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Should Swimmers Still Be Using Kickboards? (The Answer May Surprise You!)

The short answer is: yes! Kickboards are still a highly effective training tool despite the advancements in specialty swimming gear and equipment. And while some argue kickboards can have negative effects on a swimmer’s stroke, many of those effects can be avoided with the proper concentration and focus during kick sets.Take a look at some of the reasons why we’re still advocating for the trusty kickboard.

Kickboard training

  • You Can Focus Entirely on Your Legs & Kick

  • The main purpose of a kickboard is to isolate your legs so you can focus exclusively on your kick. Conditioning your legs and goes beyond just a fast kick, however--building up your leg muscles will help you maintain control in your strokes as a whole, helping you to finish strong during races. Kick sets are also ideal for drills and fine-tuning technique and kick mechanics, and the kickboard deters swimmers from using their arms to assist or cheat through sets.

  • You Can Give Your Arms & Shoulders a Break

  • With the exception of breaststroke, the pull is the main power and propulsion of a stroke. By using a kickboard for kick sets, you can let your arms and shoulders rest and recover for a bit during your workout. If you’re experiencing shoulder problems, however, using a kickboard in place of pulling might not be your best bet. Arm and shoulder position while hanging onto a kickboard could cause further irritation to an already-sore shoulder.  

  • You Can Work on High Hip Position

  • When used correctly, a kickboard can promote proper hip position in the water. Holding the kickboard with the bottom positioned in your armpits will allow your hips to rise high up in the water, which is ideal. Some coaches argue kickboard use promotes the exact opposite, but it’s up to the swimmer to be mindful of where they are holding the board and how they are using it for kick training.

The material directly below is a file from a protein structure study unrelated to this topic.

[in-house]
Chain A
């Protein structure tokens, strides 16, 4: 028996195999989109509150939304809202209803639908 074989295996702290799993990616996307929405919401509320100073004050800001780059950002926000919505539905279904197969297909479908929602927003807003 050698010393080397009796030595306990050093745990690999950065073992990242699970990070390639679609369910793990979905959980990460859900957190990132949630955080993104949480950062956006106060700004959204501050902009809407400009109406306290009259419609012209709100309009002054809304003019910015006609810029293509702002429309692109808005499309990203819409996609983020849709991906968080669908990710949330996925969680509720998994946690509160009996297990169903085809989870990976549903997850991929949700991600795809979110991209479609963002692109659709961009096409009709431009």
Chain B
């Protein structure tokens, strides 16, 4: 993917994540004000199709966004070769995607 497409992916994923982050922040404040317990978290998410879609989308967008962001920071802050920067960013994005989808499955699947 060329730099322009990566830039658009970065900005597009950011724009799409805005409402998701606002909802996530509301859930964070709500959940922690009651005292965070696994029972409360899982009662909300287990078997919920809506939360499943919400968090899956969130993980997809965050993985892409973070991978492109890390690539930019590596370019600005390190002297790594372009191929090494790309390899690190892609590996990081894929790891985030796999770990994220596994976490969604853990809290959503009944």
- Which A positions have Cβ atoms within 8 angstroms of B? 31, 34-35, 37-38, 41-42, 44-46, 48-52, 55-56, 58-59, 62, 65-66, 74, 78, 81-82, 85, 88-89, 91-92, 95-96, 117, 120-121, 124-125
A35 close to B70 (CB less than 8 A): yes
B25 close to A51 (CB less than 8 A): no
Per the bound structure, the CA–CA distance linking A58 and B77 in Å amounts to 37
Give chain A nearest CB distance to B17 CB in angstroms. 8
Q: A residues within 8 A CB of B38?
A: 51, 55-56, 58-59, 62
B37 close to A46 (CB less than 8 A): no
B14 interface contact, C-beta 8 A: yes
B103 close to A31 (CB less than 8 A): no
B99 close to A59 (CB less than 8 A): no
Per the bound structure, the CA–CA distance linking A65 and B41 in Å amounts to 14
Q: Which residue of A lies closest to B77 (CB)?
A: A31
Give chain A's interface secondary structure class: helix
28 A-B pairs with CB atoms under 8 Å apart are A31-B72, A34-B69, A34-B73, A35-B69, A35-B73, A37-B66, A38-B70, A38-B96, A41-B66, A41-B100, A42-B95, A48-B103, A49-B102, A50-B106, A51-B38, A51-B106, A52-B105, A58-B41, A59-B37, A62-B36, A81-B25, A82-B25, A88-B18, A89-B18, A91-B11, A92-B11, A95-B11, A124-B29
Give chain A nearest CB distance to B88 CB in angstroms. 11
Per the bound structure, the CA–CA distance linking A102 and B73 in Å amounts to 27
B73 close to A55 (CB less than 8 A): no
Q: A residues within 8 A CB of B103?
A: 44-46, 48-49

• Sprinters Can Practice with Flat Hips

  • Kickboards limit a swimmer’s range of motion in the water, including roll and rotation. Since you’re not turning to breathe or rotating an arm pull, your hips are likely to stay relatively flat as you use a kickboard. This is ideal for sprinters, as in most cases, they don’t roll their hips as much as swimmers in distance events.

  • Breaststrokers Can Practice with Ideal Flotation

  • Kickboards can simulate an ideal breaststroke position in the water. While focusing on improving and strengthening their kick, breaststrokers can also enjoy a similar height in the lane with the added flotation from the kickboard. A fast breaststroke is dependent upon a high and strong chest during the pull, which the kickboard can closely resemble.

  • Beginners Can More Easily Learn Kick Mechanics

  • Learning to swim and mastering each stroke can easily become overwhelming to a beginner. Using a kickboard to isolate the legs to only focus on kick allows beginner swimmers to take a stroke one step at a time, while learning different kick mechanics without also having to worry about using the correct pull, or even just staying afloat. Using the kickboard and keeping their head out of the water will also make it easier to receive instruction and feedback from the coach.

  • You Can Breathe Freely

  • There’s truly something to be said about being able to breathe freely while training in the pool! Without a kickboard, swimmers must focus on breathing patterns, underwater mechanics, flip turns, and streamlines--all of which limit oxygen intake. While using a kickboard, swimmers can breathe in as much oxygen as they need, which means they can also work at a harder pace than when limited by having to take strategic breaths. Swimmers can go all out on kick sets as their leg muscles receive constant, consistent oxygen.

    Ultimately, when deciding whether or not to use a kickboard in your swim training, you must consider what you want to accomplish and how the board could help you achieve those goals.  

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